“It’s our country’s most secret royal artifact,” Danielle said, worry in her voice. “One flower blooms once every ten years. Its petals have kept our leaders healthy and youthful for centuries. I can’t even explain how important this flower is to our nation…”

“Just one petal then,” Ryan said. “It’s important.”

Danielle was quiet for a moment.

“Very well.”

Ryan grinned and shook her hand. “It’s a deal.”




The next night, after formulating a quick plan, Ryan, Danielle and Lyon broke into Medical Solution Corporation Headquarters.

Three went in, but only one returned.




Ryan stepped into his dark apartment.

He sat quietly at his console, his burnt hands throbbing.

The events played on an endless loop on his neurocomp and he made a note to delete the memories, but not right now. He needed to remember or he’d wonder why Lyon wasn’t in his usual chair.

What Danielle failed to mention was that her sister, Queen-To-Be Vivian, was a powerful sorceress and that even the simplest spells caused neurocomps to go haywire, rendering him useless.

They were cornered by Vivian’s magic and defense systems. They were going to all be blasted to bits. But Lyon. Stupid Lyon….

Ryan pushed a button on the console and a panel in the wall slid up into ceiling. It revealed a glass chamber. A young boy laid inside, deep in cryogenic sleep. Ryan stood and touched the glass, fingering the name plate: “Leon.”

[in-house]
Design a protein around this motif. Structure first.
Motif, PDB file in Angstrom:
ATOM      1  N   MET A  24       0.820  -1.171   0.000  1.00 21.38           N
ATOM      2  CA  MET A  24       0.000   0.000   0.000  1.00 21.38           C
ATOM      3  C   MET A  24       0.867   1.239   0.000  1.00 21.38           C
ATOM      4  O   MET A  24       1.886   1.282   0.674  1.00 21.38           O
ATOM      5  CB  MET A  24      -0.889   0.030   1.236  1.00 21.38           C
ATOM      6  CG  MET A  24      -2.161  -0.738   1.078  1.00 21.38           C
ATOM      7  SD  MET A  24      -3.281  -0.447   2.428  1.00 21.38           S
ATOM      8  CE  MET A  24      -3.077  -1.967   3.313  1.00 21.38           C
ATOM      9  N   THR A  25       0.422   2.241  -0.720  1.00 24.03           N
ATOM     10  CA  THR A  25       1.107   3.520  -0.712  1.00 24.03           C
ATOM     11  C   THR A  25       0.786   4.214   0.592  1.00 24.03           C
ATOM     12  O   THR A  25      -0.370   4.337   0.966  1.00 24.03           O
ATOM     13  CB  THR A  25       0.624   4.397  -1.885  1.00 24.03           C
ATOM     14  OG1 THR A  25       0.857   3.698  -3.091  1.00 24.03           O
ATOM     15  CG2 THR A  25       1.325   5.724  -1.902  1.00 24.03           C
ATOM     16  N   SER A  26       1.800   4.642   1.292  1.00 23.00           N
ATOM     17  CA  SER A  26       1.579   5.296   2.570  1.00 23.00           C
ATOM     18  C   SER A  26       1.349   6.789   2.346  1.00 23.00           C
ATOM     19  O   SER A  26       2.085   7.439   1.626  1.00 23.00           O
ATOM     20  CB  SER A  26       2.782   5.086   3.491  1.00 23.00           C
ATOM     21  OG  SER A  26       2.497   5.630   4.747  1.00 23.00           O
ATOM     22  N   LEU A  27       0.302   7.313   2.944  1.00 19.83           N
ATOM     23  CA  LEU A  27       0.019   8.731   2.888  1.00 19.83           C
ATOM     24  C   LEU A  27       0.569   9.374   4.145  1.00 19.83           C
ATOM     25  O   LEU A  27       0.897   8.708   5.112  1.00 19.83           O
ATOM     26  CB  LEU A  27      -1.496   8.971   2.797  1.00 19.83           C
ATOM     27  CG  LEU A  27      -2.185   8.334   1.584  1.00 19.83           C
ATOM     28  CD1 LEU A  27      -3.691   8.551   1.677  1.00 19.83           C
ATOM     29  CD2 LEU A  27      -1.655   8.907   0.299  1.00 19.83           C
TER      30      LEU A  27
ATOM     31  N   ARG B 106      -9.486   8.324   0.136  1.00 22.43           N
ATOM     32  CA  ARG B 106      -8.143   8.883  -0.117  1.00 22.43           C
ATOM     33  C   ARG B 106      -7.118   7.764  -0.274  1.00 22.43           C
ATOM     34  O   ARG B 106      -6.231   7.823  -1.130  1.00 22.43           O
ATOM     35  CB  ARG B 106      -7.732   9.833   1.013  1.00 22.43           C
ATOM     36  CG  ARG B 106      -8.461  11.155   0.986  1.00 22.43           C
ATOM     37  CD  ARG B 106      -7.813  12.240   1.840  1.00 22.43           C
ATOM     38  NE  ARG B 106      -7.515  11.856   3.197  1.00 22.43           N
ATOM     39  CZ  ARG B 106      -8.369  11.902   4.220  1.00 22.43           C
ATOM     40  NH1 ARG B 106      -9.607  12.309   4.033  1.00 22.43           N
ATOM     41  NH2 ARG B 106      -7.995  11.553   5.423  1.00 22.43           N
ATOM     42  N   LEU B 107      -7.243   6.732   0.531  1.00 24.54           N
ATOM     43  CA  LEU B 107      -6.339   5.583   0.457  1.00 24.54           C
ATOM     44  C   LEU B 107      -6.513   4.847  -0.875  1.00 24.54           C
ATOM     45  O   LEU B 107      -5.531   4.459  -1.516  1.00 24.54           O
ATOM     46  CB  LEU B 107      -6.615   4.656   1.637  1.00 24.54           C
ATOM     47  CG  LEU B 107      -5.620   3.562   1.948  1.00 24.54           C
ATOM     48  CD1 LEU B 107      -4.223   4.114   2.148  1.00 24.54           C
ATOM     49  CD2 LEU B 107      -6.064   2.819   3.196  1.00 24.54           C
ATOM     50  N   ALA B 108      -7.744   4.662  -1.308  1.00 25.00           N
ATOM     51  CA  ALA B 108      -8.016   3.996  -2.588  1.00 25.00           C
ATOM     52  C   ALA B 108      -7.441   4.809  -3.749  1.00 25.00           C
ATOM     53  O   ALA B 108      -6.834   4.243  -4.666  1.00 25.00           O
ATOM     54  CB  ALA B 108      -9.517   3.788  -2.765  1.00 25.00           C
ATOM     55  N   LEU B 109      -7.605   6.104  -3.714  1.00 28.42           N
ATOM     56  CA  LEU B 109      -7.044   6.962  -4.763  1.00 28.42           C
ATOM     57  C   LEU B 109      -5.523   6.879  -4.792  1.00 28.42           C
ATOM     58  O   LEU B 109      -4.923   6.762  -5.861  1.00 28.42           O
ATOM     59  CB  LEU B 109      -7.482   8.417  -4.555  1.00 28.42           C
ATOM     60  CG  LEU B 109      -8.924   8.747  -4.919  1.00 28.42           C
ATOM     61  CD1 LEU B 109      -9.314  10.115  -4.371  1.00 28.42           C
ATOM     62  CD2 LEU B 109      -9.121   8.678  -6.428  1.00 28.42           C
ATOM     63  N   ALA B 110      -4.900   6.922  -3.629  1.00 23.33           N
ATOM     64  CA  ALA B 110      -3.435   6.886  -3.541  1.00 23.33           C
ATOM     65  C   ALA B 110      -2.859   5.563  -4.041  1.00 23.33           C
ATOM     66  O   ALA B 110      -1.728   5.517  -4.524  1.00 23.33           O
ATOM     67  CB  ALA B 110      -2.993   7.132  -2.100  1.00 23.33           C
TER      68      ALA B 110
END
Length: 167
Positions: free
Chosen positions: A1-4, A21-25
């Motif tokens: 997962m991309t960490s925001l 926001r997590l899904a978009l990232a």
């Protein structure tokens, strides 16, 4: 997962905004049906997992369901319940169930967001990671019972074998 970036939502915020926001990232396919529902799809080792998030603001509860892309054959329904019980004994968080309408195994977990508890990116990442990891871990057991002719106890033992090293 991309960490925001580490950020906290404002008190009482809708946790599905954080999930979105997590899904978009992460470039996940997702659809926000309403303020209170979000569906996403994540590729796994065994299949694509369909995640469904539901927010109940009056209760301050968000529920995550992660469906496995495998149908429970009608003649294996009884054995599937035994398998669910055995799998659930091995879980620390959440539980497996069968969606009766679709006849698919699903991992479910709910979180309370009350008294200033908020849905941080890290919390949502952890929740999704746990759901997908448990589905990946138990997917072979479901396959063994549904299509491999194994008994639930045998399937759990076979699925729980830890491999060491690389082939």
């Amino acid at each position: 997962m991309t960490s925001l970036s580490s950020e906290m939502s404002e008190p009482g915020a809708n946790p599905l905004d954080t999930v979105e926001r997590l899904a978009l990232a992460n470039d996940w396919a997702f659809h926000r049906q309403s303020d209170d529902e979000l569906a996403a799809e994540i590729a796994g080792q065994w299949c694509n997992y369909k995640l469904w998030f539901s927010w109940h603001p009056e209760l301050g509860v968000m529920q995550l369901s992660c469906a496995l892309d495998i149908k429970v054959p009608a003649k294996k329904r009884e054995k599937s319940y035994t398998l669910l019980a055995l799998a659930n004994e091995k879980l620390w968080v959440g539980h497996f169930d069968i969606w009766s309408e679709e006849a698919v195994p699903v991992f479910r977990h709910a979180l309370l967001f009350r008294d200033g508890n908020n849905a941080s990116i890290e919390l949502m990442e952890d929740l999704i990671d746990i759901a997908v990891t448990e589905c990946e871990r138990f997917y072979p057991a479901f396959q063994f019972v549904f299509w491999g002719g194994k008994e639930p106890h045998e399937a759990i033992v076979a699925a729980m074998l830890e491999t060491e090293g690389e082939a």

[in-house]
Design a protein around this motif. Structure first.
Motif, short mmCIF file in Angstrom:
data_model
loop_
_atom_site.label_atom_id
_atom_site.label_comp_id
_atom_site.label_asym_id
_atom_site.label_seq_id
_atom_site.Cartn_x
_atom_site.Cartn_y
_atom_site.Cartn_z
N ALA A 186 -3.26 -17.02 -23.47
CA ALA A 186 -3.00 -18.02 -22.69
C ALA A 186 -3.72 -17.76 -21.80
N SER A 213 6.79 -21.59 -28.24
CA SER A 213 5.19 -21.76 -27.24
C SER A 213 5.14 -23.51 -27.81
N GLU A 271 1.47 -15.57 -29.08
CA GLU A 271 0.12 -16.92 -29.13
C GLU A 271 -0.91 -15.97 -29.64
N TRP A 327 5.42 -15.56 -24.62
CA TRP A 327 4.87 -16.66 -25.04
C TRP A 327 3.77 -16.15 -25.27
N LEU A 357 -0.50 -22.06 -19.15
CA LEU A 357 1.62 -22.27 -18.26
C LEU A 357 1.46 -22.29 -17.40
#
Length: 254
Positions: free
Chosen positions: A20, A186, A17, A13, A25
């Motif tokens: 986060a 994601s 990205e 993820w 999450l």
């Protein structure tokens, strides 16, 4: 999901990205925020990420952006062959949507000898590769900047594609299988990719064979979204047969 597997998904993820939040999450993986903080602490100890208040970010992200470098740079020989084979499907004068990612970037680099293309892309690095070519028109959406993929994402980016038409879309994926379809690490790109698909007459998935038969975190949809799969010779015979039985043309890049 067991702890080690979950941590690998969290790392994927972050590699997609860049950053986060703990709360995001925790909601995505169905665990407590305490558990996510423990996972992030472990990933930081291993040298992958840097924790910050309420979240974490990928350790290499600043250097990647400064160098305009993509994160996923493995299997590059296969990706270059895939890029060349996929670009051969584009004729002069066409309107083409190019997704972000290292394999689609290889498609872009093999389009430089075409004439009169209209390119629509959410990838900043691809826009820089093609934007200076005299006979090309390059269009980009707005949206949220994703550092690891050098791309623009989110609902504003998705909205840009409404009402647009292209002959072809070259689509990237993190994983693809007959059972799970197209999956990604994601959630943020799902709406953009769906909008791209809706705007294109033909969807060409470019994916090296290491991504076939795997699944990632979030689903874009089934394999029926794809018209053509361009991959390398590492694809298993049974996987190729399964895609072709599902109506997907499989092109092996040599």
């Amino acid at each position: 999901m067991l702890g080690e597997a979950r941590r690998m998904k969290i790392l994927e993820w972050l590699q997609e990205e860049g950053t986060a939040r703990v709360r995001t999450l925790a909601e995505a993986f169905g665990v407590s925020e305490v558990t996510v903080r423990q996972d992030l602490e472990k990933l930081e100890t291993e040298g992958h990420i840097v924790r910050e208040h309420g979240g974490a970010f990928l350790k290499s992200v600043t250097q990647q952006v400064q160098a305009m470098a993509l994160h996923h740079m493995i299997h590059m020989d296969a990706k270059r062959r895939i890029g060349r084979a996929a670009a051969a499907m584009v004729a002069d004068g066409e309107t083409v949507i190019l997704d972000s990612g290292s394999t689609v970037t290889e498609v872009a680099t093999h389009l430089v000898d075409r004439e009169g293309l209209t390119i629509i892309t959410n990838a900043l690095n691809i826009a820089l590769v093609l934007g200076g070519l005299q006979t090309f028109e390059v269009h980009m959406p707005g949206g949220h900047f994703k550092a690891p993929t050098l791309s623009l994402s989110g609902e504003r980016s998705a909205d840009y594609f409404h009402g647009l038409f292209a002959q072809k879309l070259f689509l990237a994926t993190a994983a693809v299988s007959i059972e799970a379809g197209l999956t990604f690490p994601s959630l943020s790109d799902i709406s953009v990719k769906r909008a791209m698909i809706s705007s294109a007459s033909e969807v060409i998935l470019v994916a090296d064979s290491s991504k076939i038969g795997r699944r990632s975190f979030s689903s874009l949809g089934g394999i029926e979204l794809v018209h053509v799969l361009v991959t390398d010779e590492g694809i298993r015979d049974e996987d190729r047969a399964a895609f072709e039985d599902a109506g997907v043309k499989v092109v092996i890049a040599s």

The transfer to the android body wasn’t without its bugs. The stupid kid forgot his own name, convinced it was Lyon and not Leon.

It didn’t matter now.

Ryan closed his eyes. He could still see it, feel it. The explosion as Lyon self-destructed, taking with him all of Vivian’s defense weapons and everything else in the Command Room…including the glass case holding the Ivory Flower.

It was fitting. Without Lyon, Ryan no longer needed the stupid thing anyways.

The explosion also activated the Orb, which Vivian held in her hands. Danielle tackled her to the ground as green electricity engulfed them both.

Danielle looked to him, said something he couldn’t hear, and vanished.